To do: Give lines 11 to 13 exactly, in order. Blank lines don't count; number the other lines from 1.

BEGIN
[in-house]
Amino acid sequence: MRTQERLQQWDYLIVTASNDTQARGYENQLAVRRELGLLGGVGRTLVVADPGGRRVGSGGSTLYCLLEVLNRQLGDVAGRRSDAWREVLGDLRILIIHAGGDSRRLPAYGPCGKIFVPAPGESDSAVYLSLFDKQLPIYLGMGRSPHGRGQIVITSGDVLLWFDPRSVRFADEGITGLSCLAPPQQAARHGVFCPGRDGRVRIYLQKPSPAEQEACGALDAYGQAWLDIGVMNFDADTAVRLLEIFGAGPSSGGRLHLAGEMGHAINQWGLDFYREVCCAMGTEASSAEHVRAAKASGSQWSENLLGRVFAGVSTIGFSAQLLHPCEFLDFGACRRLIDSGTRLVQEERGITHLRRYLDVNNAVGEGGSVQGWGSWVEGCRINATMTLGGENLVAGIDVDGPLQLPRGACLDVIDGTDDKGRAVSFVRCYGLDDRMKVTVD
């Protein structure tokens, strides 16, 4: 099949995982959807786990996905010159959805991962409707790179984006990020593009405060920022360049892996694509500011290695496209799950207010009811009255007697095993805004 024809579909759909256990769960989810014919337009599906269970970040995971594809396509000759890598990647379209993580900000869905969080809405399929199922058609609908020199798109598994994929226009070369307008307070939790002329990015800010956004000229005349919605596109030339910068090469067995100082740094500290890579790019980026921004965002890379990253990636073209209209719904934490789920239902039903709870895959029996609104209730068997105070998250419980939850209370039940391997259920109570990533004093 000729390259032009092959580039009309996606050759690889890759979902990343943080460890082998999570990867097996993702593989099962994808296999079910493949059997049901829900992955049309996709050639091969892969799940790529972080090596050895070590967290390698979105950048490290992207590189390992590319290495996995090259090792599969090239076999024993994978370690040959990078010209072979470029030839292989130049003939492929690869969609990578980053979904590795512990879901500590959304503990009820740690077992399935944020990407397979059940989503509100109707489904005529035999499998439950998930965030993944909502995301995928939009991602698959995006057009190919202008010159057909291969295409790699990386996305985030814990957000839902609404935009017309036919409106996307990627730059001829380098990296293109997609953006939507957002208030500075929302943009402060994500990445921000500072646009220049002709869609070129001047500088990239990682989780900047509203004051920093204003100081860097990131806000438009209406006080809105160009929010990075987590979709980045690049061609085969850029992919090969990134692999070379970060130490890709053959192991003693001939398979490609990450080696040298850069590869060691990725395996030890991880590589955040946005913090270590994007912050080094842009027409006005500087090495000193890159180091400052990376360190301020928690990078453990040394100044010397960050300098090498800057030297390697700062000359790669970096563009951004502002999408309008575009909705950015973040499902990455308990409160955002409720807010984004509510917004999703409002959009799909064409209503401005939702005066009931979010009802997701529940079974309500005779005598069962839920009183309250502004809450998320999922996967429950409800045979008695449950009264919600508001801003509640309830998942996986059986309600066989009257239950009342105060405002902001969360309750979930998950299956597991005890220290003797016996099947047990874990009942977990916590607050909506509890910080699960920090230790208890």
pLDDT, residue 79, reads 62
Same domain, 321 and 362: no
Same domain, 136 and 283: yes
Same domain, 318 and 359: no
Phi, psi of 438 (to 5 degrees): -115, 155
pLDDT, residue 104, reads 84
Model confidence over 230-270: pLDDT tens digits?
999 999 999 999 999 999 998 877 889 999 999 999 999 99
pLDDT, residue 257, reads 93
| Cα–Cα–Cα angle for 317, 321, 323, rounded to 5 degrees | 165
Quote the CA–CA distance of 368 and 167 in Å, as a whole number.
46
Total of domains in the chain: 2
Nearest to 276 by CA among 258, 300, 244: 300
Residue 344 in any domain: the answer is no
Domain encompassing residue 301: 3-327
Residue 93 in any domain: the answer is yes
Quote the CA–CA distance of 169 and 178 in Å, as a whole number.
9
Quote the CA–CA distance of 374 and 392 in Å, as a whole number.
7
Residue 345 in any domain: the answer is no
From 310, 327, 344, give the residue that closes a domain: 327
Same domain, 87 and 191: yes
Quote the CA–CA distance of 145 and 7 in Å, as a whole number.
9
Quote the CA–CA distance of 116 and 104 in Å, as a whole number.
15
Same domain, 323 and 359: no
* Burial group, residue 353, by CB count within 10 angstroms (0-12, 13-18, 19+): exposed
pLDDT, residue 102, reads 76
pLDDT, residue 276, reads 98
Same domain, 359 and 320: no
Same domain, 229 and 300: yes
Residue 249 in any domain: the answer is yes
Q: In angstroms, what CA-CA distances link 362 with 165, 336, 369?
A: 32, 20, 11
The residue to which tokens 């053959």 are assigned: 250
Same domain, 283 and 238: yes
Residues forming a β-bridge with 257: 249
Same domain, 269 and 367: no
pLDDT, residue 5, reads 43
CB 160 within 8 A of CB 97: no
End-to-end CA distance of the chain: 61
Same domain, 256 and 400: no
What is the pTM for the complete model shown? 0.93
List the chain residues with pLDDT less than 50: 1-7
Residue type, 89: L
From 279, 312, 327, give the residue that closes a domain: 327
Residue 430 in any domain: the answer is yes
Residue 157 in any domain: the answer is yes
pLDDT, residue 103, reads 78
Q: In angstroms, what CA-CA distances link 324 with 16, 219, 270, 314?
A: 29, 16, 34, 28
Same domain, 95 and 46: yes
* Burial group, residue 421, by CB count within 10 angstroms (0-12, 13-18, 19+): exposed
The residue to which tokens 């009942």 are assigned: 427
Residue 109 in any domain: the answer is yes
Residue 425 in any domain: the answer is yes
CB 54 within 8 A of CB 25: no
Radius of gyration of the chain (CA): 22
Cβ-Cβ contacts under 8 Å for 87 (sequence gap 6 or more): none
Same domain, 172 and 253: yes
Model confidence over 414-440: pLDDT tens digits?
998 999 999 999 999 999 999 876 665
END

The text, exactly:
999 999 999 999 999 999 998 877 889 999 999 999 999 99
pLDDT, residue 257, reads 93
| Cα–Cα–Cα angle for 317, 321, 323, rounded to 5 degrees | 165